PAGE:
The California state legislature is eagerly jumping into bed with college students but really killing the mood with some unsexy rules.
State Sen. Kevin de Leon (D–Los Angeles) has introduced a bill that would require state universities to set strict parameters on what constitutes consensual sex. According to the text of SB 967, the student initiating sexual contact must establish "affirmative consent," defined as:
an affirmative, unambiguous, and conscious decision by each participant to engage in mutually agreed-upon sexual activity. Consent is informed, freely given, and voluntary. It is the responsibility of the person initiating the sexual activity to ensure that he or she has the consent of the other person to engage in the sexual activity. Lack of protest or resistance does not mean consent, nor does silence mean consent.
Consent must be ongoing throughout a sexual encounter and can be revoked at any time. The existence of a dating relationship between the persons involved, or the fact of past sexual relations between them, should never by itself be assumed to be an indicator of consent.
The bill also explicitly lists several circumstances in which the initiator can be convicted of rape even after obtaining consent:
(A) The accused's belief in consent arose from the self-induced intoxication or recklessness of the accused.
(B) The accused did not take reasonable steps, in the circumstances known to the accused at the time, to ascertain that the complainant was consenting.
College administrators must use a "preponderance of the evidence" standard. If they determine that it was 50.0001 percent more likely than not that a sexual encounter violated one of the above conditions, they must find the offender guilty, according to the bill.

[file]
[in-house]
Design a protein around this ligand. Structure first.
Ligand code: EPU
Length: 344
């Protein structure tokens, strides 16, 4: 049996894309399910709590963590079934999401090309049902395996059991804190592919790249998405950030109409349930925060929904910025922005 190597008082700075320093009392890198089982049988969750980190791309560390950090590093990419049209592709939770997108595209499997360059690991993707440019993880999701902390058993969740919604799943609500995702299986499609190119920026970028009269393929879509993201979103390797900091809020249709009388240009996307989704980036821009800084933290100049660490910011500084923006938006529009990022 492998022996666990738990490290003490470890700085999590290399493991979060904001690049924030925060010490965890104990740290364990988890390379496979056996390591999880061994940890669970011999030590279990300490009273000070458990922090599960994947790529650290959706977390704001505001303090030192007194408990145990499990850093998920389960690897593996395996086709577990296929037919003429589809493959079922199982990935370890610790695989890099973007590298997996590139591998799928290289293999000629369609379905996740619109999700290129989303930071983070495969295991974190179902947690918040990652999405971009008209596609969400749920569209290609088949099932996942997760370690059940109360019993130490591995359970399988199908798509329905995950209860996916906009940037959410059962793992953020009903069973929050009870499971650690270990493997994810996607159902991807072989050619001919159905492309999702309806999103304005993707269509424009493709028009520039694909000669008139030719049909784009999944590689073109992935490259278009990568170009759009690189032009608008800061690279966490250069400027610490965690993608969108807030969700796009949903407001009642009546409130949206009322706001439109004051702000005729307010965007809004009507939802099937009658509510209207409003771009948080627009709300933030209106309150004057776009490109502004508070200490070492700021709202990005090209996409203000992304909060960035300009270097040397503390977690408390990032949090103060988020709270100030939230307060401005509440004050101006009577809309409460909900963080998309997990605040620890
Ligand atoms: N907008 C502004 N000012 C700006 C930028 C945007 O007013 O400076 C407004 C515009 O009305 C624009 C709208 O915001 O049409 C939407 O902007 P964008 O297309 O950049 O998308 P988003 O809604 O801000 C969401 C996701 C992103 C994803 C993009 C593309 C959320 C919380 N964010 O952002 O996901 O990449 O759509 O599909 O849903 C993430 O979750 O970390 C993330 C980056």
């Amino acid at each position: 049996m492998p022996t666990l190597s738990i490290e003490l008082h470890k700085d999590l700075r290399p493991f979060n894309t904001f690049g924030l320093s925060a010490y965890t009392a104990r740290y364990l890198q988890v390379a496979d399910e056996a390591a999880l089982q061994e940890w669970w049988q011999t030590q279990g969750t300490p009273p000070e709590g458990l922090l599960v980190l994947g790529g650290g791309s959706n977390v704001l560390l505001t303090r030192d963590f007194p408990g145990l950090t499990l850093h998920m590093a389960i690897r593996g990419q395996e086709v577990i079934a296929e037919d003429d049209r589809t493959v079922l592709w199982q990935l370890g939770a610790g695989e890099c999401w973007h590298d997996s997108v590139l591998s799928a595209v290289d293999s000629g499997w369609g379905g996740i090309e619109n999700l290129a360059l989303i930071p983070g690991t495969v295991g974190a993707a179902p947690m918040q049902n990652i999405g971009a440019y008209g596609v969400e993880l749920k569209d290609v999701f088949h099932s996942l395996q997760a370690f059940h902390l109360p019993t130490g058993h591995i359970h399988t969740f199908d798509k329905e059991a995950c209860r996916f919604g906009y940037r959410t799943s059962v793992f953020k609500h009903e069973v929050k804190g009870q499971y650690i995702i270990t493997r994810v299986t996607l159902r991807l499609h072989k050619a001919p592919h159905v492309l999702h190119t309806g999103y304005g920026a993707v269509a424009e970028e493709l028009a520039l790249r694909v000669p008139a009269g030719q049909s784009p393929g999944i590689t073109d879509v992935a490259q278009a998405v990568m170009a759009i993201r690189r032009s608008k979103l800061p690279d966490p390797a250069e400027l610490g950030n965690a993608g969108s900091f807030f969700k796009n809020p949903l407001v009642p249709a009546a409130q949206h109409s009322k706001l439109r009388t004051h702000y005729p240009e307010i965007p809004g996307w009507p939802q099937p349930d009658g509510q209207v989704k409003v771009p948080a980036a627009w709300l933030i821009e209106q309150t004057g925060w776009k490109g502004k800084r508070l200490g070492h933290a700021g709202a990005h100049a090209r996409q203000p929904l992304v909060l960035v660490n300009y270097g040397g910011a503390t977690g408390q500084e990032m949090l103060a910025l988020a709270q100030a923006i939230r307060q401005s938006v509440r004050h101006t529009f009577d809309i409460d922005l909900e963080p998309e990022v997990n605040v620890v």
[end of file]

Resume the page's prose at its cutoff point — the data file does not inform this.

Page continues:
The bill also requires that universities provide resources and support to victims of sexual assault. It says nothing, however, about the rights of the accused. Given that many universities already violate due process by depriving accused students of their rights to attorneys, juries of their peers, and opportunities to cross-examine their accusers, it seems unlikely that California universities would interpret this bill as a call to adhere to the requirements of the Fifth and Sixth Amendments.
In a statement to LA Weekly, de Leon made clear that his bill is a response to the federal government's recent investigation into the sexual assault response practices of universities around the country:
The federal government is currently investigating 55 colleges and universities. Obviously, there is a problem. SB 967 will change the equation so the system is not stacked against survivors by establishing an affirmative consent policy to make it clear that only 'yes' means 'yes.'
Indeed, if SB 967 becomes law, the system will certainly not be stacked against the survivors.
As LA Weekly points out, some of the bill's requirements are already in effect under existing law. In California, it is already illegal to have sex with someone who is asleep or incapacitated. If students think they were the victims of assault, they should contact the police, who will investigate the matter under the same rules that apply to everyone: students and non-students alike.
A student indicted for rape by police authorities enjoys constitutional rights, however. A student indicted for rape by a campus judiciary might as well be facing the Spanish Inquisition.
As an example, consider the fate of Occidental College's John Doe, who was accused of rape even though written evidence firmly established that his accuser had consented to sex. The police cleared him, but campus administrators found him guilty anyway. He was expelled.
Colleges have already demonstrated that they are frequently incapable of fairly investigating these cases. Now that the legislature is pressuring them to put out, they are likely to do even worse.
And society moves one step closer to the kind of thing predicted in this famous Dave Chapelle skit.